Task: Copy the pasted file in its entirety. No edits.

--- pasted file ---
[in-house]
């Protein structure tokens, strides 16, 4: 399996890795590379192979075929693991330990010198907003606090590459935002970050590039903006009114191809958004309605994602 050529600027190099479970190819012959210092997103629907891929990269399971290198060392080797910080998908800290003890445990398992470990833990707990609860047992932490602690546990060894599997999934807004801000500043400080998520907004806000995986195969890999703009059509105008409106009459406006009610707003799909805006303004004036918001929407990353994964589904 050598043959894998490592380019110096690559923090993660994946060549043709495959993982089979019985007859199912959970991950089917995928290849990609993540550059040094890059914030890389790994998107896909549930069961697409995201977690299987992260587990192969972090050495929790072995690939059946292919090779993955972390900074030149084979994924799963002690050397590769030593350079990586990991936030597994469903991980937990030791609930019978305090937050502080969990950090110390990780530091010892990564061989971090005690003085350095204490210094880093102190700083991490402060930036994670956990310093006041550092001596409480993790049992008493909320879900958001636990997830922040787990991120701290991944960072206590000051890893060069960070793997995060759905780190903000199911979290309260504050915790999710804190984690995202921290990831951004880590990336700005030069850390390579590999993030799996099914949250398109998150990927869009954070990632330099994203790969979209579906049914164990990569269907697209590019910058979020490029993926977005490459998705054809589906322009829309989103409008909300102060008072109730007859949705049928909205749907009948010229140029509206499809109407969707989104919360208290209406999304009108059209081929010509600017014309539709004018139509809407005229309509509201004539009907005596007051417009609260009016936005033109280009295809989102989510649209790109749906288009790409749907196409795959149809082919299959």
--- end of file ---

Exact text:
[in-house]
């Protein structure tokens, strides 16, 4: 399996890795590379192979075929693991330990010198907003606090590459935002970050590039903006009114191809958004309605994602 050529600027190099479970190819012959210092997103629907891929990269399971290198060392080797910080998908800290003890445990398992470990833990707990609860047992932490602690546990060894599997999934807004801000500043400080998520907004806000995986195969890999703009059509105008409106009459406006009610707003799909805006303004004036918001929407990353994964589904 050598043959894998490592380019110096690559923090993660994946060549043709495959993982089979019985007859199912959970991950089917995928290849990609993540550059040094890059914030890389790994998107896909549930069961697409995201977690299987992260587990192969972090050495929790072995690939059946292919090779993955972390900074030149084979994924799963002690050397590769030593350079990586990991936030597994469903991980937990030791609930019978305090937050502080969990950090110390990780530091010892990564061989971090005690003085350095204490210094880093102190700083991490402060930036994670956990310093006041550092001596409480993790049992008493909320879900958001636990997830922040787990991120701290991944960072206590000051890893060069960070793997995060759905780190903000199911979290309260504050915790999710804190984690995202921290990831951004880590990336700005030069850390390579590999993030799996099914949250398109998150990927869009954070990632330099994203790969979209579906049914164990990569269907697209590019910058979020490029993926977005490459998705054809589906322009829309989103409008909300102060008072109730007859949705049928909205749907009948010229140029509206499809109407969707989104919360208290209406999304009108059209081929010509600017014309539709004018139509809407005229309509509201004539009907005596007051417009609260009016936005033109280009295809989102989510649209790109749906288009790409749907196409795959149809082919299959």